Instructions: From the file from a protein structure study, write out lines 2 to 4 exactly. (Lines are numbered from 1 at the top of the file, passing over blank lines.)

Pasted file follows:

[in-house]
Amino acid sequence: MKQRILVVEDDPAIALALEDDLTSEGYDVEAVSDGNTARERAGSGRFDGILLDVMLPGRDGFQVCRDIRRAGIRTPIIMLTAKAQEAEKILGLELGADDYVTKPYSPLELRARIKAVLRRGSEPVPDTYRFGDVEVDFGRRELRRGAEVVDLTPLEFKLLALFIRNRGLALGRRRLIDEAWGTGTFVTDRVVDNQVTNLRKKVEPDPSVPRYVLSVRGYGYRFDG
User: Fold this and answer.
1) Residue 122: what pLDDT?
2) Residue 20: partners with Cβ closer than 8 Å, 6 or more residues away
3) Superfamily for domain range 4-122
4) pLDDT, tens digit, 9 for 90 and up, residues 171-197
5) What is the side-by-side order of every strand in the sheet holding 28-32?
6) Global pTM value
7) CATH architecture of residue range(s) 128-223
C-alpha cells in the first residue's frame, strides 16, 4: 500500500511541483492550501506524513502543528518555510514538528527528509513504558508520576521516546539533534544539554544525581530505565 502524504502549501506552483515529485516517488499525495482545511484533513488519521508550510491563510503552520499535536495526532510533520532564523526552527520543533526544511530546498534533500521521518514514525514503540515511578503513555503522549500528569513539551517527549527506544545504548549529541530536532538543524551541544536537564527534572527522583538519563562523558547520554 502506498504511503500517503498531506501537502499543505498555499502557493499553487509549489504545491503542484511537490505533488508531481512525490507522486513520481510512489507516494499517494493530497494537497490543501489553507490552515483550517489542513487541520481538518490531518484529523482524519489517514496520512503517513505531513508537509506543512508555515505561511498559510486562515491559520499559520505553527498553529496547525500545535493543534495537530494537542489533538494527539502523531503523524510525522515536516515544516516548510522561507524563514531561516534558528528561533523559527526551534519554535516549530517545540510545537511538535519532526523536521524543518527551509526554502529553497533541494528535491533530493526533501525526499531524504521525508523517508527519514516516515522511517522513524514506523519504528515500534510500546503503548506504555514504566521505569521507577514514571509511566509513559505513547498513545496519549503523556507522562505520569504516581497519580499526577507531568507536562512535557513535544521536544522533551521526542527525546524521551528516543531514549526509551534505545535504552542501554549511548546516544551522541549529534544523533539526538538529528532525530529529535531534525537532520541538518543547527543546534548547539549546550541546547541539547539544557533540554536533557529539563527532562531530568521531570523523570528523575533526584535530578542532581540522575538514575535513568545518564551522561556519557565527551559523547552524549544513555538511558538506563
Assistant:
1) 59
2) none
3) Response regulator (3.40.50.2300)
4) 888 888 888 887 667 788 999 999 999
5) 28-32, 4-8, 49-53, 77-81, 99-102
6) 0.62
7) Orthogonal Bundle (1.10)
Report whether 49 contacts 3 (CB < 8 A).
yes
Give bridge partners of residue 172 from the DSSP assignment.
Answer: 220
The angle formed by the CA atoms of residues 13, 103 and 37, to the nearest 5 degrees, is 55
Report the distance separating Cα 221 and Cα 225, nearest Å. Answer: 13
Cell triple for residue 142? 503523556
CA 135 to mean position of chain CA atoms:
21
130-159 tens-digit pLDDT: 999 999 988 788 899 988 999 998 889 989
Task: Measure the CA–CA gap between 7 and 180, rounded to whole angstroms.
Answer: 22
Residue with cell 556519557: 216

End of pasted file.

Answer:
Amino acid sequence: MKQRILVVEDDPAIALALEDDLTSEGYDVEAVSDGNTARERAGSGRFDGILLDVMLPGRDGFQVCRDIRRAGIRTPIIMLTAKAQEAEKILGLELGADDYVTKPYSPLELRARIKAVLRRGSEPVPDTYRFGDVEVDFGRRELRRGAEVVDLTPLEFKLLALFIRNRGLALGRRRLIDEAWGTGTFVTDRVVDNQVTNLRKKVEPDPSVPRYVLSVRGYGYRFDG
User: Fold this and answer.
1) Residue 122: what pLDDT?